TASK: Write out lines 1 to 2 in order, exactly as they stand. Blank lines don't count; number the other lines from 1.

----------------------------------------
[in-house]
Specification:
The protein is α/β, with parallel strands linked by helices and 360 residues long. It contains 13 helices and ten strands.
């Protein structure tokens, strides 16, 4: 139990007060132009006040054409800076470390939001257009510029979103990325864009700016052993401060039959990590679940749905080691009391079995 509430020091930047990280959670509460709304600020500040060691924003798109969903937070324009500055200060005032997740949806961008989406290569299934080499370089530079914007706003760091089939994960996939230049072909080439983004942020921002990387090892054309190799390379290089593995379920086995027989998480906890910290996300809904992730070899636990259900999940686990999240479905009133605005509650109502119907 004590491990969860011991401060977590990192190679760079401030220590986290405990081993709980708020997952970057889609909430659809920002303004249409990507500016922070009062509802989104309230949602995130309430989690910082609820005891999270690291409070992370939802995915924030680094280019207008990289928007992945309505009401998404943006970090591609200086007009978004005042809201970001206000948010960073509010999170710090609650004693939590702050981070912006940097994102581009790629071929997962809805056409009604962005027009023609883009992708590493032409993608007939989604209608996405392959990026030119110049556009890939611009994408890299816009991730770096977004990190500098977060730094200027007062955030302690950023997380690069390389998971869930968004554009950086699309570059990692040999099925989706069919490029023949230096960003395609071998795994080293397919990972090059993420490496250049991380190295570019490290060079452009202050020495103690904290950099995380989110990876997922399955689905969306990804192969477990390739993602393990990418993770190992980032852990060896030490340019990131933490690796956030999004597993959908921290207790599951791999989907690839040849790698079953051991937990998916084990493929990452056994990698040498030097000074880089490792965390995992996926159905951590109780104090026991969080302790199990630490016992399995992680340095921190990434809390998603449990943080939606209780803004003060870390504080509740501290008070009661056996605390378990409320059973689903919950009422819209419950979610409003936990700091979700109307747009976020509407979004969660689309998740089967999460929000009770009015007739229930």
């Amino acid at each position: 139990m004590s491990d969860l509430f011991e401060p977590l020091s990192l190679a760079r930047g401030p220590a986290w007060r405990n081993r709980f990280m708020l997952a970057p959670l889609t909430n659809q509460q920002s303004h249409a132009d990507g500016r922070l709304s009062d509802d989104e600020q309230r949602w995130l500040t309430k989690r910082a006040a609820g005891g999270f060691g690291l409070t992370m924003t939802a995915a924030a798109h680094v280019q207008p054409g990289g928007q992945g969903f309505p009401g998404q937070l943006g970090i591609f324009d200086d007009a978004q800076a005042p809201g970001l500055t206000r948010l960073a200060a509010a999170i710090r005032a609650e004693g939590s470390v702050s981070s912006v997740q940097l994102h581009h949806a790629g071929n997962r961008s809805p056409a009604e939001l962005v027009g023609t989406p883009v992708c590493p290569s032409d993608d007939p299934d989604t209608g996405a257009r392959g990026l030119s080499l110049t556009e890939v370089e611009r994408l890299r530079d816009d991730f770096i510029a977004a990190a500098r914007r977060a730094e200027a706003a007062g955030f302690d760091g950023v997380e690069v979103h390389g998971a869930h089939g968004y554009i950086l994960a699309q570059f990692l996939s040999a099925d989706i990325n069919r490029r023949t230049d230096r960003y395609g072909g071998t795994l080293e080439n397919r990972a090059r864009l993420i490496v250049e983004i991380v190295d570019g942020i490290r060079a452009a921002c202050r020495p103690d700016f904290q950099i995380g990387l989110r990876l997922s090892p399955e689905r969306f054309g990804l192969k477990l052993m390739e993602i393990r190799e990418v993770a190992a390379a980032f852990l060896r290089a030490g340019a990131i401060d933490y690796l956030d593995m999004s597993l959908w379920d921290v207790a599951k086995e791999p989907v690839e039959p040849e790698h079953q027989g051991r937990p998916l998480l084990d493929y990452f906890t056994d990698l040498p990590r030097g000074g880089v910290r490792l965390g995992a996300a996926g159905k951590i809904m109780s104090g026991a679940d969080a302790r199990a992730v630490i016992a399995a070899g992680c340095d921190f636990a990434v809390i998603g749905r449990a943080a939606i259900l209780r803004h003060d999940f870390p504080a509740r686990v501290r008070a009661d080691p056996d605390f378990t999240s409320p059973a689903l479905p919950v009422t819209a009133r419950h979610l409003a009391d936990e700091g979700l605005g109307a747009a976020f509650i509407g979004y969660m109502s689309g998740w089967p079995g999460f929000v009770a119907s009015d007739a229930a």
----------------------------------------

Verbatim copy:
[in-house]
Specification: